Although the Equal Employment Opportunity Commission (EEOC) has long held that federal civil rights laws bar anti-LGBTQ discrimination in the workplace, the Trump administration filed an amicus brief in the Second Circuit siding against gay, lesbian, and bisexual employees. The Department of Justice (DOJ) argued that sexual orientation bias is not a valid Title VII claim because it does not involve “disparate treatment of men and women.”
“[U]ntil the Seventh Circuit’s en banc decision in Hively earlier this year, the 10 other Courts of Appeals to have addressed the issue had uniformly joined this court in holding that Title VII’s prohibition on sex discrimination does not encompass sexual orientation discrimination,” representatives with the DOJ wrote.
Although discrimination on the basis of sexual orientation and gender identity in employment is already illegal in 21 states, the Supreme Court’s decision will be critical in determining whether LGBTQ people are entitled to protection in the other 29. States that do not have inclusive nondiscrimination laws on the books include Florida, Georgia, Michigan, Ohio, Pennsylvania, Texas, and Virginia.
While Moore remains optimistic the Supreme Court will be on the right side of history, he admits that he’s “scared for the country that this could go the wrong way.”
“If it does, it’s going to affect people for the rest of their lives,” Moore says.
The deciding vote on the conservative majority bench is likely to be Brett Kavanaugh, who is something of a wild card. While Kavanaugh was appointed by Trump, his mentor is former Judge Anthony Kennedy, a centrist who offered the critical fifth vote in the Supreme Court’s 2015 ruling legalizing marriage equality. What complicates matters further is that Kavanaugh never ruled on LGBTQ rights cases during his decade on the U.S. Court of Appeals for the D.C. Circuit.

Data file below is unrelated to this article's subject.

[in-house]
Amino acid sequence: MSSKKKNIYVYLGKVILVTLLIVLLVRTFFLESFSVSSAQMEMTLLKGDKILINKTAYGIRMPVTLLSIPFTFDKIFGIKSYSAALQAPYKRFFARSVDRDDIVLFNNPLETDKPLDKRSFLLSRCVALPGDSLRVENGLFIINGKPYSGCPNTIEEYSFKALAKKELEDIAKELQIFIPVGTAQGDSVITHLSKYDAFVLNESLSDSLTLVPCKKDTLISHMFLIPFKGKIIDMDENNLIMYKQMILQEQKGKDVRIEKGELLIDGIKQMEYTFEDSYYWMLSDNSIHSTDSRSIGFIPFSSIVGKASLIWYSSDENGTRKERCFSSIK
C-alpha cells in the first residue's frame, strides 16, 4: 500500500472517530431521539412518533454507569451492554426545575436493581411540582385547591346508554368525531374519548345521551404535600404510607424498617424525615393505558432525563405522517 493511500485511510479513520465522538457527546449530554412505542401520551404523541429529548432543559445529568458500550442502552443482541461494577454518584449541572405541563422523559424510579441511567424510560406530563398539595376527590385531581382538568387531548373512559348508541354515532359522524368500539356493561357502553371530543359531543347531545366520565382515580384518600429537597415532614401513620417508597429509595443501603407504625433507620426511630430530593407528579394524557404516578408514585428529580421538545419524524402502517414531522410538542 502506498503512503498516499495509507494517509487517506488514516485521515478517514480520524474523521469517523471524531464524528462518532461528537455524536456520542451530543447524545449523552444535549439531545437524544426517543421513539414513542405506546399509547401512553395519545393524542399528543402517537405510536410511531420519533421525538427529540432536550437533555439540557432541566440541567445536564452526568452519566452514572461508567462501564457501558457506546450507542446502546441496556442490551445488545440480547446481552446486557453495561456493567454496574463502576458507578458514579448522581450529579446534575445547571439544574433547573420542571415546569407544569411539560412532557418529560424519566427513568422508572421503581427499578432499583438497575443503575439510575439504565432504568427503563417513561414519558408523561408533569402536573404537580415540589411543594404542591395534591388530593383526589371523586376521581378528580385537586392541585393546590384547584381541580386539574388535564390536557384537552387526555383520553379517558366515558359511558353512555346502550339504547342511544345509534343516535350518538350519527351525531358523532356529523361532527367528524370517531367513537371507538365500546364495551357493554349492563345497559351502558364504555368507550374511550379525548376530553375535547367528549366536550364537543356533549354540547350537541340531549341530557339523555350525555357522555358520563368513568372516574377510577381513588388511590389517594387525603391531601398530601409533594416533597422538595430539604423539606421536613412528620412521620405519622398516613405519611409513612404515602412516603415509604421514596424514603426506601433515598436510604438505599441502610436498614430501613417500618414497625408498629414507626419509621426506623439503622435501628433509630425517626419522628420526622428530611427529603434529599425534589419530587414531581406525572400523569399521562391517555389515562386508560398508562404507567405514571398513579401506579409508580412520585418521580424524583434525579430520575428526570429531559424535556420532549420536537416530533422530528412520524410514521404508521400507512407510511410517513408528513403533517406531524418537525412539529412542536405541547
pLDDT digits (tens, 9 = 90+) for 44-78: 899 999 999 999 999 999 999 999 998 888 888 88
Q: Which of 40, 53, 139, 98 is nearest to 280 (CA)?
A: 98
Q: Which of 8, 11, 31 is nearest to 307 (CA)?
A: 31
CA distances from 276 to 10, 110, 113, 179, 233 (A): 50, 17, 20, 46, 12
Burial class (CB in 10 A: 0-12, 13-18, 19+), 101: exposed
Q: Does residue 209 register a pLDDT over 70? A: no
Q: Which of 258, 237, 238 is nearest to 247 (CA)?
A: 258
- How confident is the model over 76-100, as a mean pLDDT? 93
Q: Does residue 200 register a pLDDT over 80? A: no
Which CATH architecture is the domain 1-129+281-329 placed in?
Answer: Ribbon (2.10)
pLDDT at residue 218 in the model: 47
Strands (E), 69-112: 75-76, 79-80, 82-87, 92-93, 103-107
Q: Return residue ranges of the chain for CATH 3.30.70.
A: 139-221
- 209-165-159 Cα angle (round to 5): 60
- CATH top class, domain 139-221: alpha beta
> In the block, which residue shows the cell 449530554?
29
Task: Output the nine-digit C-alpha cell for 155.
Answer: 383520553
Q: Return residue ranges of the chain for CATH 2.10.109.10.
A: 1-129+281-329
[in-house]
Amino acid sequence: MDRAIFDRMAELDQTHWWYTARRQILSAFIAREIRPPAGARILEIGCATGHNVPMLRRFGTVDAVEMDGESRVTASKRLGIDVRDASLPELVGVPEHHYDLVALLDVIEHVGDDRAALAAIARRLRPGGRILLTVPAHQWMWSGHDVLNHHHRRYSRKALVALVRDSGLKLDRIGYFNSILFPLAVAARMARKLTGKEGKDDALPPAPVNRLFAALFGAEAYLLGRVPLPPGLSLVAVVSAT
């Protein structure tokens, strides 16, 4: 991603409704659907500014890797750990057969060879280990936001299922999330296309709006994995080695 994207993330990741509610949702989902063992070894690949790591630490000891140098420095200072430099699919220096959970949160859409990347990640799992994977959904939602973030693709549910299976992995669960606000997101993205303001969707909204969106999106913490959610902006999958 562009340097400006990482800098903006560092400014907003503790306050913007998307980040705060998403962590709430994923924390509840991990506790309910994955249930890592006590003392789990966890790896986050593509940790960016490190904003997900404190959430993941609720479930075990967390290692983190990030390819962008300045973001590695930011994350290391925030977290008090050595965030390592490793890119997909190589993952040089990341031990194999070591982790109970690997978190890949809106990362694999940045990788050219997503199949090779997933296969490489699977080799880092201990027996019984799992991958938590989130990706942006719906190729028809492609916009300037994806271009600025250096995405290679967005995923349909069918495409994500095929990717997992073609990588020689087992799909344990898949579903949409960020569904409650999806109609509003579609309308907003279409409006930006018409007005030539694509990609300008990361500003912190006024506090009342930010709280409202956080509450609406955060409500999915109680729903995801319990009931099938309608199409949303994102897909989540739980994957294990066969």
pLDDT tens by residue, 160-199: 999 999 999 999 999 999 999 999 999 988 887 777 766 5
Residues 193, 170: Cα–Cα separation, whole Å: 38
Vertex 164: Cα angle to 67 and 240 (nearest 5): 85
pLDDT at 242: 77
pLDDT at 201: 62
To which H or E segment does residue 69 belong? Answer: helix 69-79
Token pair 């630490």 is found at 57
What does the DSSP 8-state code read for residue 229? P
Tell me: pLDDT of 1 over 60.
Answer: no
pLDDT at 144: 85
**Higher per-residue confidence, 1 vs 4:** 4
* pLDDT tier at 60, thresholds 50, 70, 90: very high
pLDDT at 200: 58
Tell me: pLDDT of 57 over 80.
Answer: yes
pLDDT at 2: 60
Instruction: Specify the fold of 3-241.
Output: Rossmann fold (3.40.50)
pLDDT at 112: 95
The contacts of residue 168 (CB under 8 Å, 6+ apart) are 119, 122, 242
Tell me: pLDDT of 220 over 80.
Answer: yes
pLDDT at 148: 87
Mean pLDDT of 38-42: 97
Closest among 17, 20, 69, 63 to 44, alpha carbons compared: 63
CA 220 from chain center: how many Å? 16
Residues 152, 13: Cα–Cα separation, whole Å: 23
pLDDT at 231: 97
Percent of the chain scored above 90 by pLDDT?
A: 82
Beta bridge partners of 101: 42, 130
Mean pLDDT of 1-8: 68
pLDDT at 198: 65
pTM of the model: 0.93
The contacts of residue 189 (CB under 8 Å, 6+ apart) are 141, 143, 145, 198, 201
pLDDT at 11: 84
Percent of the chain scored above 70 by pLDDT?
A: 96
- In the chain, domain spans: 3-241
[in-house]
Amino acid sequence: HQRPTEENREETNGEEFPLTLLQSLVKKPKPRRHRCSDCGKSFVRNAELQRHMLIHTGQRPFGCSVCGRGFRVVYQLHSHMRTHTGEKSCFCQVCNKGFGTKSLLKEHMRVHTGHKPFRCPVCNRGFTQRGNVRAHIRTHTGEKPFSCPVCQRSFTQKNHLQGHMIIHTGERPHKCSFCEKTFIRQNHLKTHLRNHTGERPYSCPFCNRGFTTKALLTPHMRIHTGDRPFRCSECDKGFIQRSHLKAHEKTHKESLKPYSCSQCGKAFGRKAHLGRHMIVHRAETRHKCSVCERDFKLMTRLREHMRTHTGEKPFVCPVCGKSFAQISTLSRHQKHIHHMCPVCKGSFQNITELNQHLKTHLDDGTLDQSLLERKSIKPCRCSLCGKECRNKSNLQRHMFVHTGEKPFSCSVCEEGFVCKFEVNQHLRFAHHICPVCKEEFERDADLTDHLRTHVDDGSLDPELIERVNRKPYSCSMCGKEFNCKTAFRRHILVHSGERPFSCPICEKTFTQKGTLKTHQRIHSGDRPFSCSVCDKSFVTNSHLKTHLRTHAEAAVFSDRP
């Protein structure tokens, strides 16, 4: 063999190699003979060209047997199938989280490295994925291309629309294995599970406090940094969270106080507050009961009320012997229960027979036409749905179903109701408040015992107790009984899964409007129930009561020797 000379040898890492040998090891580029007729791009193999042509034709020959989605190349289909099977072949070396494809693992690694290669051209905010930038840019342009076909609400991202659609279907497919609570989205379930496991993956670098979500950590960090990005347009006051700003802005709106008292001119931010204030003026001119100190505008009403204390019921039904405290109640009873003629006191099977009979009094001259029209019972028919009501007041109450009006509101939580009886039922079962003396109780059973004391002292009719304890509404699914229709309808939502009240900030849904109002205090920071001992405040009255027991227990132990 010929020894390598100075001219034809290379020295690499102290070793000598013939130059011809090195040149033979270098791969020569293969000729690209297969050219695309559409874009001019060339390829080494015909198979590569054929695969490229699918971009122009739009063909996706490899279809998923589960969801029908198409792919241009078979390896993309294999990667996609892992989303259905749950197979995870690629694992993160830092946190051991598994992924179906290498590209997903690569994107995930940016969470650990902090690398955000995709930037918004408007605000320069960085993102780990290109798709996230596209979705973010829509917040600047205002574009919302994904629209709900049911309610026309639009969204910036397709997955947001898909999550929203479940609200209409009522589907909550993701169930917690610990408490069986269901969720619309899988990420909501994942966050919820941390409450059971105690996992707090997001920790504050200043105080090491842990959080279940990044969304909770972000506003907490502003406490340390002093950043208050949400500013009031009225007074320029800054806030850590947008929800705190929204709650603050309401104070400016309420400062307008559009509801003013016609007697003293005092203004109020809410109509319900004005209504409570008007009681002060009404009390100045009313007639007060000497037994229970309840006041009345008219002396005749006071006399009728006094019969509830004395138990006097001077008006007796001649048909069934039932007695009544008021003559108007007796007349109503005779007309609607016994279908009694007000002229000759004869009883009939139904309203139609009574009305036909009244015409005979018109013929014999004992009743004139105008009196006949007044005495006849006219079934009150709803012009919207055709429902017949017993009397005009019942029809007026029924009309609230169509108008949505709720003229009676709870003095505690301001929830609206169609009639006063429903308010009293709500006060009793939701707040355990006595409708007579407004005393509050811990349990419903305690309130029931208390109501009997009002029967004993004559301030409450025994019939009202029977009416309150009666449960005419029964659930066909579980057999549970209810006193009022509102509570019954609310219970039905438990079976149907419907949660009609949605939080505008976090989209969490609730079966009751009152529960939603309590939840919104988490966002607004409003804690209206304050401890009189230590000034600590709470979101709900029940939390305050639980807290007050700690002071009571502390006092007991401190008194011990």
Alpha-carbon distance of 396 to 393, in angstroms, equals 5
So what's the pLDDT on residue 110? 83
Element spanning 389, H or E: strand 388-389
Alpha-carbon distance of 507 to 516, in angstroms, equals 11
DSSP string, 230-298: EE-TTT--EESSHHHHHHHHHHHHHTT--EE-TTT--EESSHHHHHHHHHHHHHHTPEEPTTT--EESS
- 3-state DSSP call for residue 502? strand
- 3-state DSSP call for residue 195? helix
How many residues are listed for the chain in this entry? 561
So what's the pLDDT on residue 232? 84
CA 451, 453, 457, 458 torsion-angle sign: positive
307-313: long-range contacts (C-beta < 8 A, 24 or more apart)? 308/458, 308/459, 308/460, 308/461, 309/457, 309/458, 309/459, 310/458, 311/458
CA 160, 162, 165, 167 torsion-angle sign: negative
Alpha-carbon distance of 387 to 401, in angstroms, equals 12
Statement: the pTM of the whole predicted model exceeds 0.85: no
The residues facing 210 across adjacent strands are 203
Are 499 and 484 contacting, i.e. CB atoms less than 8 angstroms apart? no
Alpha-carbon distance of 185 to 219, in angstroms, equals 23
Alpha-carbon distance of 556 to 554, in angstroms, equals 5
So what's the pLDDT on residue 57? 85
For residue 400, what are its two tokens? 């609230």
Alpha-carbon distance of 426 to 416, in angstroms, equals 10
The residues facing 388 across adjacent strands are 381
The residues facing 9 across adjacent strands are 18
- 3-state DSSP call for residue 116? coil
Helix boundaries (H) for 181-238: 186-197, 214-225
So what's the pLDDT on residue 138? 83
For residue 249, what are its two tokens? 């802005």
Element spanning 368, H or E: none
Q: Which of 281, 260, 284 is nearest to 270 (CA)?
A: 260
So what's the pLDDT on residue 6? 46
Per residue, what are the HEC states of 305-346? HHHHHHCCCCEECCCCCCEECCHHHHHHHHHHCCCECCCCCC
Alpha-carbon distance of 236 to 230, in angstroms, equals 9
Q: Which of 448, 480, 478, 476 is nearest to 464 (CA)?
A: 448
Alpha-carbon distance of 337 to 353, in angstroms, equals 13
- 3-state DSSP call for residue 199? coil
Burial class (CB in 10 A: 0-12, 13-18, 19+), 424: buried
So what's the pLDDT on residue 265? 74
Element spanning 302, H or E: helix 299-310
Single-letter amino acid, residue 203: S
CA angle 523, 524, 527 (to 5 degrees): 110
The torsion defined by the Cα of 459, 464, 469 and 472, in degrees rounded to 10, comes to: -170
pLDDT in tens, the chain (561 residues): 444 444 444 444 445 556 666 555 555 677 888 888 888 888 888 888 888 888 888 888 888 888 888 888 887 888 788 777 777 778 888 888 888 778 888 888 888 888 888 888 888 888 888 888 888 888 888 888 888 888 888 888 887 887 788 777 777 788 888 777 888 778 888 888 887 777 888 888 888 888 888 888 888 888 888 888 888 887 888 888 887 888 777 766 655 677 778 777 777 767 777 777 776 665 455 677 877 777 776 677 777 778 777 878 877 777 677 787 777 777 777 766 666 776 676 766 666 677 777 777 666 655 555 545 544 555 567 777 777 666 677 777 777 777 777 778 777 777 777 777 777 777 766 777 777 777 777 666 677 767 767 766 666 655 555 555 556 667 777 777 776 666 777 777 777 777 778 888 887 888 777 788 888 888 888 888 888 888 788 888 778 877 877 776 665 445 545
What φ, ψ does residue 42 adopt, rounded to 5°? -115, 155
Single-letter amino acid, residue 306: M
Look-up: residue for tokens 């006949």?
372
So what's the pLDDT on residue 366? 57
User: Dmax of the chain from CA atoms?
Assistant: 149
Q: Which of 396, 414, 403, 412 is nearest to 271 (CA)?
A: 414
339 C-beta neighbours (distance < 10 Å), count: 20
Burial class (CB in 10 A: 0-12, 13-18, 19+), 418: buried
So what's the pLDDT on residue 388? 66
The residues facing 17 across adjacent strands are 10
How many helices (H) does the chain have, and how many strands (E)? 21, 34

Whichever way the vote goes, Zarda sadly will not be around to see it. He was killed during a fatal skydiving accident in October 2014. He was 44.
After he was fired from Skydive Long Island, Moore says Zarda began going on increasingly dangerous jumps as he spiraled into a deep depression. At first, he purchased a wingsuit which allowed him to “fly around like a bird” for four or five minutes before opening his parachute. During a typical skydive, there’s only about 50 to 60 seconds of freefall.
When the adrenaline rush wore off, Zarda discovered BASE jumping, in which individuals jump from one of the four types of fixed objects that comprise its acronym: a building, antenna, span, or the earth. The latter two categories most often include jumping from bridges and cliffs.
The day he died, Zarda jumped off a cliff in Switzerland in his wingsuit. According to Moore, he impacted “before his wingsuit had a chance to take flight.” While Moore doesn’t blame Skydive Long Island for what happened, he says that if Zarda weren’t fired because of his sexual orientation, he would have been working instead of continually risking his life just to feel alive again.
“I don’t think that he would have been in Europe doing what he was doing,” Moore says. “I don’t know that it would have ever gotten to that point.”
Moore has kept pursuing justice on his late partner’s behalf, along with Zarda’s sister, Melissa. He claims Zarda never realized the case would get this far and that Zarda had extremely modest ambitions for the lawsuit. He was merely “hoping to get reimbursed for the money he lost that summer from skydiving and to clear his name,” Moore says.
But Moore believes that even if Zarda isn’t around to either celebrate or mourn with him when the Supreme Court ruling is read next year, he will be there in spirit. The day that Zarda died, Moore says he was in his home looking out into the street when a glass windowpane suddenly shattered. The couple lived near a school, and he thought one of the students must have thrown a rock through it. But when he looked around the living room, he couldn’t find one.
When he got the news that Zarda had died, Moore traced the time of his death back to that morning. It was around the same time the window broke.
“I will always think that it was him in some way,” Moore says. “I think about him every 15 or 20 minutes still. He’s in my mind constantly. I miss him so much and I’m fighting so hard for him. I love him and I hope he is at peace.”